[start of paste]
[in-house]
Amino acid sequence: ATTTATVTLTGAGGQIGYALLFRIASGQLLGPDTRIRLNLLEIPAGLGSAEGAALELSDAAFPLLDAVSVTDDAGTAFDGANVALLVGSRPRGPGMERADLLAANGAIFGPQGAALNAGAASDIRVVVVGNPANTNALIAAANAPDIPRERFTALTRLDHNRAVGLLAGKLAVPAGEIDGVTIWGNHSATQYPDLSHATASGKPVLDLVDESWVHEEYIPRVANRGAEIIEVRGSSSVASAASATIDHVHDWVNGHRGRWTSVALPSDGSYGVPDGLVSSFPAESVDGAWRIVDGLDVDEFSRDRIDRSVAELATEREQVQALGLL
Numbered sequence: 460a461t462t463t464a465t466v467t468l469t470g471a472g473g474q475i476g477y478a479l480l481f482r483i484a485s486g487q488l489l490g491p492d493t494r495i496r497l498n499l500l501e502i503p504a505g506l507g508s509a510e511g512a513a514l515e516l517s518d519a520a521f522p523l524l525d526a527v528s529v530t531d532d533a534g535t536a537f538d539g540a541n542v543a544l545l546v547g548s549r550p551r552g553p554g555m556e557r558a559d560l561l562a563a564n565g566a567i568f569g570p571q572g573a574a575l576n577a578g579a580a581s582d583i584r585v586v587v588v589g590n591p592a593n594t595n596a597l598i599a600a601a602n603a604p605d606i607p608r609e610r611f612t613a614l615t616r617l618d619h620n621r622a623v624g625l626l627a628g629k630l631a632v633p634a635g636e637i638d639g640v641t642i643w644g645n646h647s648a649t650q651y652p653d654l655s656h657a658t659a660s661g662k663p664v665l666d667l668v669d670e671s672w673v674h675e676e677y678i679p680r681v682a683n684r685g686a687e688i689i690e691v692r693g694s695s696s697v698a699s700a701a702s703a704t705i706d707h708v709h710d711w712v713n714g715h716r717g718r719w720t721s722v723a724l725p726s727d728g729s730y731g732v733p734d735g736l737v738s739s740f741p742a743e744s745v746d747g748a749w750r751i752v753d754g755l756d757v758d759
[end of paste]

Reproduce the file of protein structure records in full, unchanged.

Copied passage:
[in-house]
Amino acid sequence: ATTTATVTLTGAGGQIGYALLFRIASGQLLGPDTRIRLNLLEIPAGLGSAEGAALELSDAAFPLLDAVSVTDDAGTAFDGANVALLVGSRPRGPGMERADLLAANGAIFGPQGAALNAGAASDIRVVVVGNPANTNALIAAANAPDIPRERFTALTRLDHNRAVGLLAGKLAVPAGEIDGVTIWGNHSATQYPDLSHATASGKPVLDLVDESWVHEEYIPRVANRGAEIIEVRGSSSVASAASATIDHVHDWVNGHRGRWTSVALPSDGSYGVPDGLVSSFPAESVDGAWRIVDGLDVDEFSRDRIDRSVAELATEREQVQALGLL
Numbered sequence: 460a461t462t463t464a465t466v467t468l469t470g471a472g473g474q475i476g477y478a479l480l481f482r483i484a485s486g487q488l489l490g491p492d493t494r495i496r497l498n499l500l501e502i503p504a505g506l507g508s509a510e511g512a513a514l515e516l517s518d519a520a521f522p523l524l525d526a527v528s529v530t531d532d533a534g535t536a537f538d539g540a541n542v543a544l545l546v547g548s549r550p551r552g553p554g555m556e557r558a559d560l561l562a563a564n565g566a567i568f569g570p571q572g573a574a575l576n577a578g579a580a581s582d583i584r585v586v587v588v589g590n591p592a593n594t595n596a597l598i599a600a601a602n603a604p605d606i607p608r609e610r611f612t613a614l615t616r617l618d619h620n621r622a623v624g625l626l627a628g629k630l631a632v633p634a635g636e637i638d639g640v641t642i643w644g645n646h647s648a649t650q651y652p653d654l655s656h657a658t659a660s661g662k663p664v665l666d667l668v669d670e671s672w673v674h675e676e677y678i679p680r681v682a683n684r685g686a687e688i689i690e691v692r693g694s695s696s697v698a699s700a701a702s703a704t705i706d707h708v709h710d711w712v713n714g715h716r717g718r719w720t721s722v723a724l725p726s727d728g729s730y731g732v733p734d735g736l737v738s739s740f741p742a743e744s745v746d747g748a749w750r751i752v753d754g755l756d757v758d759